Chiefs Can Make A Statement

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Nov 2, 2014; Kansas City, MO, USA; Kansas City Chiefs tight end Travis Kelce (87) catches a pass for a touchdown during the first half against the New York Jets at Arrowhead Stadium. Mandatory Credit: Denny Medley-USA TODAY Sports

Another week, another win. It really cannot be said enough just how impressive this in-season turn around has been for the Kansas City Chiefs, taking a worrisome 0-2 and persevering their way to a 5-3 record at the halfway mark of the season. The Chiefs very much have the look of a playoff team, and given the style of football the team has incorporated on their way to doing so, look to be a dangerous one at that. Confidence is soaring in Chiefs Kingdom, and it should be; this team has what it needs to make a deep playoff run this year.

It would seem that a lot of people outside of the Chiefs fan base have yet to receive this memo. The Chiefs are one of four teams in the AFC sitting at a 5-3 record. The Chiefs are in the company of the Buffalo Bills, Cleveland Browns, and Miami Dolphins. This is largely one of the reasons the Chiefs have yet to garner any real consideration as a playoff dark horse.

Look at the teams mentioned above, and you’ll notice a trend. All (with perhaps the exception of the Dolphins) are teams that are outperforming national expectations. All teams have relatively talented rosters, filled with young talent waiting to prove themselves. Most importantly though, all of these teams are not expected to make the playoffs.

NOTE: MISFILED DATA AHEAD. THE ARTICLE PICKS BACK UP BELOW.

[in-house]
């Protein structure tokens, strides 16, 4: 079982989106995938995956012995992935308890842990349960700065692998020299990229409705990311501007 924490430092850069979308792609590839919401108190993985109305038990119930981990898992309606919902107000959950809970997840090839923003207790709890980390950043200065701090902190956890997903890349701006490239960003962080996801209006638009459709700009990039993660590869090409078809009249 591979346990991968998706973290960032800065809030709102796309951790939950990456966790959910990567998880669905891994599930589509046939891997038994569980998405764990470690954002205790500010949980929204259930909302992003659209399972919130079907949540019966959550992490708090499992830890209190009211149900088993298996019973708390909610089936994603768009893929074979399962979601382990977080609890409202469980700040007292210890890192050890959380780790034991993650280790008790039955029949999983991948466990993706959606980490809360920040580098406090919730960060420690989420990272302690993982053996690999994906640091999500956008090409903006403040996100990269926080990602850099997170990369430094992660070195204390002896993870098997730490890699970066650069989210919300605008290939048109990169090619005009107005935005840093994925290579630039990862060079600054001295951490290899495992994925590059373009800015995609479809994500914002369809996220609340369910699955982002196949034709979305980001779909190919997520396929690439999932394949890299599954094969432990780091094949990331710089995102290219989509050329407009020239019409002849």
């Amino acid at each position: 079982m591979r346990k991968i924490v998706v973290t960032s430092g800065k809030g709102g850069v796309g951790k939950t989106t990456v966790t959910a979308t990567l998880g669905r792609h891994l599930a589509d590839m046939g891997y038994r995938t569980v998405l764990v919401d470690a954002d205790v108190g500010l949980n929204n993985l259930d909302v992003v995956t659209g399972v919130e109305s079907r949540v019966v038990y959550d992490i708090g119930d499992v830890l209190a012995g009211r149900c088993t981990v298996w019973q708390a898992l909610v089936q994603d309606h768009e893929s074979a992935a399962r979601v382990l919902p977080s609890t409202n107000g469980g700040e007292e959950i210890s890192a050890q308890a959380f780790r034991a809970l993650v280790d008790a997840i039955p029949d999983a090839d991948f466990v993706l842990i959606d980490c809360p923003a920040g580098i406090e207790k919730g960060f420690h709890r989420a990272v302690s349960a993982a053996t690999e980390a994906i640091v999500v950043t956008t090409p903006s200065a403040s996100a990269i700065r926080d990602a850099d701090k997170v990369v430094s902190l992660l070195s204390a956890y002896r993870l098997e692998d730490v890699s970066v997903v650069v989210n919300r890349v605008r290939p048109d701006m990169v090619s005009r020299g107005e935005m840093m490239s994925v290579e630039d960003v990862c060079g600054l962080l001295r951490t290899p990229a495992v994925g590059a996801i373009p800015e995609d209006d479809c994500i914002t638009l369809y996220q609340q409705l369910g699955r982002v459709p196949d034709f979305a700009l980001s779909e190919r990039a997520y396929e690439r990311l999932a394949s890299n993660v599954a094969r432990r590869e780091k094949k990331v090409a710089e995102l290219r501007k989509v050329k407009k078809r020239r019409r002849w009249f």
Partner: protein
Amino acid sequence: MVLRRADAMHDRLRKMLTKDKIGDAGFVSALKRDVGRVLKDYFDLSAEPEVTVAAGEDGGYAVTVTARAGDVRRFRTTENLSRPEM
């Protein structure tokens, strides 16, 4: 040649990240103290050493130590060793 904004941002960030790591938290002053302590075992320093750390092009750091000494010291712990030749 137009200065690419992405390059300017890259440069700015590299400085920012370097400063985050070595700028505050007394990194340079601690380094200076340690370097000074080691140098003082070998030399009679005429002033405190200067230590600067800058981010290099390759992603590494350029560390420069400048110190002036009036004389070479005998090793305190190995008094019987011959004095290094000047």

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The Browns are third in the AFC North, which has shockingly become the most competitive division in football. All four teams have five wins apiece, and each of the Browns’ divisional rivals have flashed something on field to make them look dominant. Early in the season Cincinnati seemed destined to grab the division title and run with it. Then, the Ravens quickly began playing strong football, and it seemed as though it would be a two-team race for first place. And that was before Ben Roethlisberger threw for 862 yards and 12 touchdowns with no interceptions in his last two outings. To summarize, the Browns chose a bad year to be good, because it would seem every team in their division is still better.

The road to the playoffs is a little less complicated for the Dolphins and Bills. Both teams are more than likely going to finish behind the AFC East first place Patriots, who after a rocky start to the season (and a total collapse against Kansas City) have rebounded to become one of the strongest teams in the NFL. Both Miami and Buffalo are largely hedging their bets on wildcard entries into the playoffs, something that is becoming increasingly hard to obtain in the tight AFC.

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Out of the two, I’d wager that Buffalo holds the most impressive win, having beaten a very good Detroit Lions team Week 5. This may come as a surprise to some, given that the Dolphins just embarrassed Kansas City’s division rivals down in San Diego to the tune of 37-0, but recent weeks have led me to an important revelation: the Chargers weren’t everything their record indicated. The second half of the season will most likely play host to a complete and utter collapse for the Chargers, who have already lost their second place standing in the AFC West to Kansas City.

Regardless, the point with these two teams is that while both are playing well, neither is very likely to make the playoffs. I’d give Miami the nod over Buffalo, primarily because Buffalo is relying on Kyle Orton at QB, but three of the four teams in the AFC North are playing better than both of these teams, as is Kansas City. A wildcard berth seems all but impossible for these teams barring drastic changes to the rest of the playoff landscape.

So how does this effect the Kansas City Chiefs?